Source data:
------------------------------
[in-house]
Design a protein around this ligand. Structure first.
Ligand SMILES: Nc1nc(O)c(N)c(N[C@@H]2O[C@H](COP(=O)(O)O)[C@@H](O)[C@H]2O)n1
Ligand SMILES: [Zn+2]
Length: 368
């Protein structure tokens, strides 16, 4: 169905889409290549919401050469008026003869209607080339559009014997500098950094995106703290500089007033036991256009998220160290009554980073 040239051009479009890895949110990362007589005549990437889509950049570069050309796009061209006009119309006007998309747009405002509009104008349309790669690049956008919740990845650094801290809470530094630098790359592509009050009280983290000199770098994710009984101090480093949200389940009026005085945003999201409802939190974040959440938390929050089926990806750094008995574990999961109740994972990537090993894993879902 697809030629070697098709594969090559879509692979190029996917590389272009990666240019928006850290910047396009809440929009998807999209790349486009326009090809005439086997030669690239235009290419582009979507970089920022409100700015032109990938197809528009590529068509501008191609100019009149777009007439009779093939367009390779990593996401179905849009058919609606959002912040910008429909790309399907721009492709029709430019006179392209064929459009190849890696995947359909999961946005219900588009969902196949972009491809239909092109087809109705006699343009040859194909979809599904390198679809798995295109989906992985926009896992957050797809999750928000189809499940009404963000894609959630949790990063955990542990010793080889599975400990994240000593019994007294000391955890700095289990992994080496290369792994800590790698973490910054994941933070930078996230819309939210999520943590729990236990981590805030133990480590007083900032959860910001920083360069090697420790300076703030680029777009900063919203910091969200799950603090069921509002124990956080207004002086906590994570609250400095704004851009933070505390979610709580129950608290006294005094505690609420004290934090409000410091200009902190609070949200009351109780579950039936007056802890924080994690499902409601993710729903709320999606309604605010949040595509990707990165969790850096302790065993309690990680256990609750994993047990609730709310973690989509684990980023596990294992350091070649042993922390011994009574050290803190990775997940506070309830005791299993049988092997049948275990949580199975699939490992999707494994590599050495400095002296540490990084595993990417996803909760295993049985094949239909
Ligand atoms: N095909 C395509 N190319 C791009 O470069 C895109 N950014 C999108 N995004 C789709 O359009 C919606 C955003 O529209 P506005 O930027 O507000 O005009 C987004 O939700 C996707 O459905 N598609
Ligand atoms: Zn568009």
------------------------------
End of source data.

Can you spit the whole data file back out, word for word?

[in-house]
Design a protein around this ligand. Structure first.
Ligand SMILES: Nc1nc(O)c(N)c(N[C@@H]2O[C@H](COP(=O)(O)O)[C@@H](O)[C@H]2O)n1
Ligand SMILES: [Zn+2]
Length: 368
């Protein structure tokens, strides 16, 4: 169905889409290549919401050469008026003869209607080339559009014997500098950094995106703290500089007033036991256009998220160290009554980073 040239051009479009890895949110990362007589005549990437889509950049570069050309796009061209006009119309006007998309747009405002509009104008349309790669690049956008919740990845650094801290809470530094630098790359592509009050009280983290000199770098994710009984101090480093949200389940009026005085945003999201409802939190974040959440938390929050089926990806750094008995574990999961109740994972990537090993894993879902 697809030629070697098709594969090559879509692979190029996917590389272009990666240019928006850290910047396009809440929009998807999209790349486009326009090809005439086997030669690239235009290419582009979507970089920022409100700015032109990938197809528009590529068509501008191609100019009149777009007439009779093939367009390779990593996401179905849009058919609606959002912040910008429909790309399907721009492709029709430019006179392209064929459009190849890696995947359909999961946005219900588009969902196949972009491809239909092109087809109705006699343009040859194909979809599904390198679809798995295109989906992985926009896992957050797809999750928000189809499940009404963000894609959630949790990063955990542990010793080889599975400990994240000593019994007294000391955890700095289990992994080496290369792994800590790698973490910054994941933070930078996230819309939210999520943590729990236990981590805030133990480590007083900032959860910001920083360069090697420790300076703030680029777009900063919203910091969200799950603090069921509002124990956080207004002086906590994570609250400095704004851009933070505390979610709580129950608290006294005094505690609420004290934090409000410091200009902190609070949200009351109780579950039936007056802890924080994690499902409601993710729903709320999606309604605010949040595509990707990165969790850096302790065993309690990680256990609750994993047990609730709310973690989509684990980023596990294992350091070649042993922390011994009574050290803190990775997940506070309830005791299993049988092997049948275990949580199975699939490992999707494994590599050495400095002296540490990084595993990417996803909760295993049985094949239909
Ligand atoms: N095909 C395509 N190319 C791009 O470069 C895109 N950014 C999108 N995004 C789709 O359009 C919606 C955003 O529209 P506005 O930027 O507000 O005009 C987004 O939700 C996707 O459905 N598609
Ligand atoms: Zn568009």